Seventeen years after the Dayton accords which stopped the Bosnian war, the signatory countries are yet to fully implement the agreement.
The US-brokered Dayton Peace Agreement, which was signed in 1995, includes sections on citizenship and property issues which the three signatories – Serbia, Croatia and Bosnia and Herzegovina, have still not fully addressed.
Ratko Bubalo, a researcher for the Humanitarian Center for Integration and Tolerance, says that Serbia and Bosnia have made the most significant moves towards integrating those citizens of the former Yugoslav republics who sought protection after the conflicts, while Croatia has made more limited efforts towards resolving this issue.
“Serbia and Bosnia have completely fulfilled their obligations in this area. In terms of numbers, Serbia has accepted 800,000 people from the ex-Yugoslav countries as its own citizens,” says Bubalo.
“Croatia, however, has put up ethnic barriers to those who wish to obtain Croatian citizenship and only ethnic Croats have been able to enjoy that right. Serbs and Bosniaks who were resident in Croatia during the 1991 conflict have still not obtained citizenship,” he adds.
“Unresolved Issues among the Countries Signatories to the Dayton Agreement” a study published by the Igman Initiative, an association of various NGOs, points out that the agreement emphasises the importance of returning property and tenancy rightsto displaced persons and refugees, to enable them to return home.
In Bosnia and Herzegovina, out of 1.1 million housing units registered during the census in 1991, 42 per cent were destroyed during the war between 1992 and 1995.
Despite the enormous damage, the authorities in Bosnia have managed to return 99 per cent of property to its legal owners, regardless of whether they were located in Bosnia and Herzegovina or in another country where they had found refuge.
The right to the return of immovable property was disputed only in relation to the issue of the so called “army apartments”, apartments owned by the former Yugoslav People’s Army.
This issue was approached differently in the different entities in Bosnia. Republika Srpska has returned the apartments to former officers of JNA, regardless of their relocation to Slovenia, Croatia, Serbia, Macedonia or Montenegro.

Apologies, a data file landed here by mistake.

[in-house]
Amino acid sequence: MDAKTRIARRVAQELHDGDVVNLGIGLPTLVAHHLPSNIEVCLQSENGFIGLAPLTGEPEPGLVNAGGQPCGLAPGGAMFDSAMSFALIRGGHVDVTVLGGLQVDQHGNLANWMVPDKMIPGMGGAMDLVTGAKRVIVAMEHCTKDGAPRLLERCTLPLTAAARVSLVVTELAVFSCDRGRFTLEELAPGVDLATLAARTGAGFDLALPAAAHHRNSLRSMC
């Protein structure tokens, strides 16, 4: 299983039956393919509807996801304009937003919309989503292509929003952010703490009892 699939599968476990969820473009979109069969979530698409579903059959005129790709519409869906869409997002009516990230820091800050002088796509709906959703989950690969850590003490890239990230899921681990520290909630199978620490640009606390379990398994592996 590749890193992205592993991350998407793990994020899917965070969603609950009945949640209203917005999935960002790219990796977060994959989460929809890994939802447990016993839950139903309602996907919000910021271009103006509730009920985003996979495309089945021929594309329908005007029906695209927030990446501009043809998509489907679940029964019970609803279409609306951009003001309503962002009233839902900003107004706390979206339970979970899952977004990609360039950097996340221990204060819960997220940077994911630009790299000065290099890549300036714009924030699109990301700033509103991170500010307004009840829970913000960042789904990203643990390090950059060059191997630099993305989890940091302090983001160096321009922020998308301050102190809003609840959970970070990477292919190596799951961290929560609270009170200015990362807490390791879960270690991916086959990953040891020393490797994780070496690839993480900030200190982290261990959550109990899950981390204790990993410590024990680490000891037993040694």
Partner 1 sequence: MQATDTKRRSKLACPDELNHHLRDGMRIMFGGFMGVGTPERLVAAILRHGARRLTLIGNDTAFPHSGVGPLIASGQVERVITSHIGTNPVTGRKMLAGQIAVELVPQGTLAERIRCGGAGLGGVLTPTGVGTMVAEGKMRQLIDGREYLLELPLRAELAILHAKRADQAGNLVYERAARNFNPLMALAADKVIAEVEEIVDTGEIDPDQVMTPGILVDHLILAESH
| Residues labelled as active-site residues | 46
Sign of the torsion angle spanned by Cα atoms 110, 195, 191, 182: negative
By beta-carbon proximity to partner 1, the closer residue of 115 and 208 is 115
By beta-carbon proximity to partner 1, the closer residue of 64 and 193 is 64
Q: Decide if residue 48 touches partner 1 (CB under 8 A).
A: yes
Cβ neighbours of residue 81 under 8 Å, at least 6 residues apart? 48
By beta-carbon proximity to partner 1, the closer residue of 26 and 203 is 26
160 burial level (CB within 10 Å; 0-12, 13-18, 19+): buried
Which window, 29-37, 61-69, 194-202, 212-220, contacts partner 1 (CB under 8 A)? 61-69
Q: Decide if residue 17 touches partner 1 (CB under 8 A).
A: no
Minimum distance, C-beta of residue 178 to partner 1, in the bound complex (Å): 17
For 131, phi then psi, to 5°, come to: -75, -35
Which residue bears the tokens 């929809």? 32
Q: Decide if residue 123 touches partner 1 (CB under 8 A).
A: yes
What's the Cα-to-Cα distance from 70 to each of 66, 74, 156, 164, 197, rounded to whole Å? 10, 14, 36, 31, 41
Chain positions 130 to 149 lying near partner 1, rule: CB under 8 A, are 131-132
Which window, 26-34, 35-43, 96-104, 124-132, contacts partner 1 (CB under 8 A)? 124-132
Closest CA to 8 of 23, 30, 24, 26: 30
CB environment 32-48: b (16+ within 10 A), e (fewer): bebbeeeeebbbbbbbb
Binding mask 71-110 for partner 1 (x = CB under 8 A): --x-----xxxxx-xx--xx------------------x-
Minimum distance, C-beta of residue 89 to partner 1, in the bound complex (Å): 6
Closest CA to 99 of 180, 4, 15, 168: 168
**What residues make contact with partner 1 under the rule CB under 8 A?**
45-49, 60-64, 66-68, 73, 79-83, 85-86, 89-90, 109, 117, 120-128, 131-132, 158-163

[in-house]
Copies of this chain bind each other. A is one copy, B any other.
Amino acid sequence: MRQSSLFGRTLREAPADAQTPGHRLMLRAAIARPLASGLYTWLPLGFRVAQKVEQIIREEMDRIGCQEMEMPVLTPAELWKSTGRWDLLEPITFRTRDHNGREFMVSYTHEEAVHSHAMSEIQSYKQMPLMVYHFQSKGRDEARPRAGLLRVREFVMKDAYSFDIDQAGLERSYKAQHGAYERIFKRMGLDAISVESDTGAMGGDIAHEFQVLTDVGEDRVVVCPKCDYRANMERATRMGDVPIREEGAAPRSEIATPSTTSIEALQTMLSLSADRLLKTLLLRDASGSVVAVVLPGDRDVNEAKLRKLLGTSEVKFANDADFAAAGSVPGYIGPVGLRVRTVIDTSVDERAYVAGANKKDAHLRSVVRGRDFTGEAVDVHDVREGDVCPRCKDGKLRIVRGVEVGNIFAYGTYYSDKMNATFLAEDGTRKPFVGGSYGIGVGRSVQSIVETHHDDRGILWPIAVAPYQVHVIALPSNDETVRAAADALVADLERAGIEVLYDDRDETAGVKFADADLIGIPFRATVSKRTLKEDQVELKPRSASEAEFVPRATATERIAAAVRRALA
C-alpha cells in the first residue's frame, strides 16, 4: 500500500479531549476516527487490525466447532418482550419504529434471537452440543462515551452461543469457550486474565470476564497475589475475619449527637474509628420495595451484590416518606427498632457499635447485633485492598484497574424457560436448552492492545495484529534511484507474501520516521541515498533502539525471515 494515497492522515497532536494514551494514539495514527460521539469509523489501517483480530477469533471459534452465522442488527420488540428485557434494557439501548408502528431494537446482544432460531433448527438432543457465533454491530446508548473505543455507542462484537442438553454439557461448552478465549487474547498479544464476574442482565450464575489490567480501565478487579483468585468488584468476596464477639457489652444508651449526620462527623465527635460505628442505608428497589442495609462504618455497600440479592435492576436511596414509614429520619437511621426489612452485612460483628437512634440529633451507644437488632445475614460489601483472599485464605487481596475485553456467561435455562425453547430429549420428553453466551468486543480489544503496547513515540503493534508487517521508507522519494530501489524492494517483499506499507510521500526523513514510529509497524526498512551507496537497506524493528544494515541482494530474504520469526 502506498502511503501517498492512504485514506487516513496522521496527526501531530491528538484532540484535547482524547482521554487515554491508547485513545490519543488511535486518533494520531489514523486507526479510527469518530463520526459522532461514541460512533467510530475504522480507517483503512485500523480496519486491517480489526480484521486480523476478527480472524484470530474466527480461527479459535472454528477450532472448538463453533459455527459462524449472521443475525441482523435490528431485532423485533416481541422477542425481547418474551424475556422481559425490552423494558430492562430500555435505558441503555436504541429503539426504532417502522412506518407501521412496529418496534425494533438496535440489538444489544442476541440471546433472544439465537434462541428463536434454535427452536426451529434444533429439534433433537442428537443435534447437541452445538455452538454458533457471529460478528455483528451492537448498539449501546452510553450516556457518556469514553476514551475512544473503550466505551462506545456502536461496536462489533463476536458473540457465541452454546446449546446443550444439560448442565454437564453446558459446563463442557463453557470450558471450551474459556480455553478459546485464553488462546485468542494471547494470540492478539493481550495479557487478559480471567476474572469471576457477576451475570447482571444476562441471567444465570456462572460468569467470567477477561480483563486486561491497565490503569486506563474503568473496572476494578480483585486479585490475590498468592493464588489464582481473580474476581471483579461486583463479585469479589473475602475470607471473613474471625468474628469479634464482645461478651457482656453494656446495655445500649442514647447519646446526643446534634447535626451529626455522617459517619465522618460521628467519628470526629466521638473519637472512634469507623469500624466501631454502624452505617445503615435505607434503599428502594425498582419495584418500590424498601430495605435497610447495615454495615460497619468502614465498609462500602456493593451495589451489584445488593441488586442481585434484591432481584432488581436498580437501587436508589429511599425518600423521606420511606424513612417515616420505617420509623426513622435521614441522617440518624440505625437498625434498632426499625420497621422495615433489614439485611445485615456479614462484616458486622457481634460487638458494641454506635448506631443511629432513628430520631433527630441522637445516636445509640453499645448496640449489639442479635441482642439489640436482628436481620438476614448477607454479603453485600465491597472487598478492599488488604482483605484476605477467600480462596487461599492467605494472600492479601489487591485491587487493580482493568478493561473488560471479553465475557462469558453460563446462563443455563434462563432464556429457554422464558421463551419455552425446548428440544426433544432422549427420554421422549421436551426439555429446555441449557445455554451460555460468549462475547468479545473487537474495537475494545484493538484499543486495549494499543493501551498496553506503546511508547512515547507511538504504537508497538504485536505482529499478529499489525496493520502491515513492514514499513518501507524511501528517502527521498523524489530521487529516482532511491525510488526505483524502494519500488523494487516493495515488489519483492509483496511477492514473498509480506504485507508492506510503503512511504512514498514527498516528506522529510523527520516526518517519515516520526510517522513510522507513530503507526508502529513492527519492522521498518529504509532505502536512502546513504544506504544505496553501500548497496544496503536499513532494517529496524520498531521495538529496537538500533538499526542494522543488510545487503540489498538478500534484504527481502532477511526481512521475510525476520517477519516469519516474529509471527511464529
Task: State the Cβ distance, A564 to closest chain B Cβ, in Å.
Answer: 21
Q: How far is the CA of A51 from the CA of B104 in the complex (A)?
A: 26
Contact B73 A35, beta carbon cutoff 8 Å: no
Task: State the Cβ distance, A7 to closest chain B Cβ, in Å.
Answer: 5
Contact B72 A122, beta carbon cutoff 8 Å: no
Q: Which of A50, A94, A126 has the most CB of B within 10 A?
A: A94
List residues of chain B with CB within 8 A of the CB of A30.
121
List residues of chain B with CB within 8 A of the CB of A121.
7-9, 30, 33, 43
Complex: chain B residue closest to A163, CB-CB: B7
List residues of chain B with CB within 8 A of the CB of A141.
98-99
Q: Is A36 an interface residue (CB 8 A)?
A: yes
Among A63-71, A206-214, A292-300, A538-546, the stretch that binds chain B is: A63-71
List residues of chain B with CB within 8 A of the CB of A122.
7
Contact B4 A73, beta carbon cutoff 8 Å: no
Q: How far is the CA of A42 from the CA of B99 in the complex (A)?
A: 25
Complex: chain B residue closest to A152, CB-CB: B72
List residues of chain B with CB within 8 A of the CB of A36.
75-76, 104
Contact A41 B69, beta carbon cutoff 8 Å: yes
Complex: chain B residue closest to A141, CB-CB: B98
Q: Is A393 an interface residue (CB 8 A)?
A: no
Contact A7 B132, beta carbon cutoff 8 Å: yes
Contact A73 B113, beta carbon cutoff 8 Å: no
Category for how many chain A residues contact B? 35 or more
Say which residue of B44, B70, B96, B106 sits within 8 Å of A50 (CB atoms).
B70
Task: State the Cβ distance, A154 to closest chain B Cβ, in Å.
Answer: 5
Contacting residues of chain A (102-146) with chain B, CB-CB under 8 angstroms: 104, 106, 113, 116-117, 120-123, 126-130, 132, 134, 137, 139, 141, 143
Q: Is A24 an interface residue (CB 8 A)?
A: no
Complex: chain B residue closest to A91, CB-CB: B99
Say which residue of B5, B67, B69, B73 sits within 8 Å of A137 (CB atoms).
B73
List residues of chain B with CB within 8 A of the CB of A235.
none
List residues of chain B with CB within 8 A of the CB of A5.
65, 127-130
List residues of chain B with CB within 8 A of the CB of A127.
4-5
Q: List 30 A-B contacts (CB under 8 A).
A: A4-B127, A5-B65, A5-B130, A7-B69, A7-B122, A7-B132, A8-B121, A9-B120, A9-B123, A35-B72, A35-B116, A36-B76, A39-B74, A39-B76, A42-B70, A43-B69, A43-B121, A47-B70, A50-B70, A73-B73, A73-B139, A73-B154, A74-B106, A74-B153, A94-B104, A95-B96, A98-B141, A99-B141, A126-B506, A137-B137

The return of those apartments in Federation of Bosnia and Herzegovina still remains unsolved.
Vehid Sehic, a member of the Igman Initiative from Bosnia, says that a law must be brought in to remove time limits on the resolution of property issues, as has been done for war crimes, to prevent injustices in this area.
The situation in Croatia when it comes to property rights still remains largely unresolved.
“The process of establishing mechanisms of restitution has been very slow. There have been significant obstacles to progress, and even now it has not been implemented in a way that helps people find lasting solutions,” reads the Igman Initiative’s white paper on property issues.
“Out of 132, 600 people who returned to Croatia after the conflict, only 38 percent remained. Forty five per cent went back to Serbia or Bosnia as they could not find a way to stay on after their return. The rest of them died,” says Miodrag Linta, a representative of Croatian Serb refugees.
The Igman Initiative is an umbrella organisation for some 140 NGOs from across the region. It aims to promote and facilitate dialogue between the states of the so-called Dayton Triangle, and pushes for the complete normalisation of relations between the neighbours.